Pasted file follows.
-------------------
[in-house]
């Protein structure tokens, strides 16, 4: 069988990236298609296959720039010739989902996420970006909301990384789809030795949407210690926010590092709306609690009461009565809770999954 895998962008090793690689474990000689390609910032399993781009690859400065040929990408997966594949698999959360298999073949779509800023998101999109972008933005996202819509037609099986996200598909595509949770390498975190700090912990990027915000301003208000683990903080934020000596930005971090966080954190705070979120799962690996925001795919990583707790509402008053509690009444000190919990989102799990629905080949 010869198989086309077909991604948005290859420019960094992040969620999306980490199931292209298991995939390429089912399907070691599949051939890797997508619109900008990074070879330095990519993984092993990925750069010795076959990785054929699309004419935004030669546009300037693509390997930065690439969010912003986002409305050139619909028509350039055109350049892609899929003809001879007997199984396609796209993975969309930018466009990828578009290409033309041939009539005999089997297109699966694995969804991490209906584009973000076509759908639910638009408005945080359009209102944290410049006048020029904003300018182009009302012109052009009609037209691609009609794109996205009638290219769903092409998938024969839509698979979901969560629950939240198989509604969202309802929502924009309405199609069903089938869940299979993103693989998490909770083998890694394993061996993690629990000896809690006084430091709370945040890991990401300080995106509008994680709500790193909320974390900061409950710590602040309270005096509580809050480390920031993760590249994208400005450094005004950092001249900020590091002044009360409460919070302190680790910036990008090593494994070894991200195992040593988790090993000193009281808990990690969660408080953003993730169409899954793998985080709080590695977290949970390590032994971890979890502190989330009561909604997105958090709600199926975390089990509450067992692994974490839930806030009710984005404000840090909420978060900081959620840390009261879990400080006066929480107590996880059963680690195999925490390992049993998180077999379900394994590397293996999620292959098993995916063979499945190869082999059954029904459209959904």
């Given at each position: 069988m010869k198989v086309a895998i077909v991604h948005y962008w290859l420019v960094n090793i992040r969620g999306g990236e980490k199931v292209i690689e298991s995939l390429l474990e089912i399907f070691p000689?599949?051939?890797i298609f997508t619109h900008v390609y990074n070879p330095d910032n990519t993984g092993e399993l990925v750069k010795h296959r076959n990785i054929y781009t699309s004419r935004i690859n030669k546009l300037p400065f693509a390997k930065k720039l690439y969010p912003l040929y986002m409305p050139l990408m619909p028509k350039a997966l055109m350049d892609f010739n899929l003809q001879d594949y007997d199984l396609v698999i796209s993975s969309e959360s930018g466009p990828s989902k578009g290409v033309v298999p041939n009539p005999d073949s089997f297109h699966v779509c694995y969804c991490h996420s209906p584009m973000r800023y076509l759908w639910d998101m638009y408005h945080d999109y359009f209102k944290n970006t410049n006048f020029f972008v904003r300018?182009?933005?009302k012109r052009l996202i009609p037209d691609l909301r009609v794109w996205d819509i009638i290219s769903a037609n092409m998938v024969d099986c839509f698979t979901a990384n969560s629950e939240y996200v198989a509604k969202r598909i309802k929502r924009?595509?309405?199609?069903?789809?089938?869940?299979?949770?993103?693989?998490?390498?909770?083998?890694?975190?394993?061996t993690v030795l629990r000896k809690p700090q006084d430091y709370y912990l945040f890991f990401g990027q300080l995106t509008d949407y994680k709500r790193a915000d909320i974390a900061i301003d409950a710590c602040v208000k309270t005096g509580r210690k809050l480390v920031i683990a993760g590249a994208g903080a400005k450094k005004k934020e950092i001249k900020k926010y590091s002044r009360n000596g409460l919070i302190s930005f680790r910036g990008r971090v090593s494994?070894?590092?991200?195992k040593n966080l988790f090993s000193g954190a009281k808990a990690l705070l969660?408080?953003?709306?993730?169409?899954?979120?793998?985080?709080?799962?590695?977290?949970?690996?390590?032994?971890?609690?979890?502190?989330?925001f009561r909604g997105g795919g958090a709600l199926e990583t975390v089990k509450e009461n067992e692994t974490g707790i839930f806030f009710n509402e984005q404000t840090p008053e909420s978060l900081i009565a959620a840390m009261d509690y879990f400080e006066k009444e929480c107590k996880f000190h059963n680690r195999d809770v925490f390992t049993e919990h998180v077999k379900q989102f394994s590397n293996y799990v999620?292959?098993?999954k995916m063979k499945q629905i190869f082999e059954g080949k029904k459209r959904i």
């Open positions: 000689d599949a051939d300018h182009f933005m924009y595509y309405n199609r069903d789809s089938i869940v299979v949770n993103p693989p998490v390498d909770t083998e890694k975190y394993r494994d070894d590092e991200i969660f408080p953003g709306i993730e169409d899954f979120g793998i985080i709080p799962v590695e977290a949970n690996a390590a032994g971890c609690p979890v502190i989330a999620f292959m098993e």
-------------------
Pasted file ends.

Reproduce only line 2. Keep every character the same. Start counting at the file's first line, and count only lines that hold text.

């Protein structure tokens, strides 16, 4: 069988990236298609296959720039010739989902996420970006909301990384789809030795949407210690926010590092709306609690009461009565809770999954 895998962008090793690689474990000689390609910032399993781009690859400065040929990408997966594949698999959360298999073949779509800023998101999109972008933005996202819509037609099986996200598909595509949770390498975190700090912990990027915000301003208000683990903080934020000596930005971090966080954190705070979120799962690996925001795919990583707790509402008053509690009444000190919990989102799990629905080949 010869198989086309077909991604948005290859420019960094992040969620999306980490199931292209298991995939390429089912399907070691599949051939890797997508619109900008990074070879330095990519993984092993990925750069010795076959990785054929699309004419935004030669546009300037693509390997930065690439969010912003986002409305050139619909028509350039055109350049892609899929003809001879007997199984396609796209993975969309930018466009990828578009290409033309041939009539005999089997297109699966694995969804991490209906584009973000076509759908639910638009408005945080359009209102944290410049006048020029904003300018182009009302012109052009009609037209691609009609794109996205009638290219769903092409998938024969839509698979979901969560629950939240198989509604969202309802929502924009309405199609069903089938869940299979993103693989998490909770083998890694394993061996993690629990000896809690006084430091709370945040890991990401300080995106509008994680709500790193909320974390900061409950710590602040309270005096509580809050480390920031993760590249994208400005450094005004950092001249900020590091002044009360409460919070302190680790910036990008090593494994070894991200195992040593988790090993000193009281808990990690969660408080953003993730169409899954793998985080709080590695977290949970390590032994971890979890502190989330009561909604997105958090709600199926975390089990509450067992692994974490839930806030009710984005404000840090909420978060900081959620840390009261879990400080006066929480107590996880059963680690195999925490390992049993998180077999379900394994590397293996999620292959098993995916063979499945190869082999059954029904459209959904």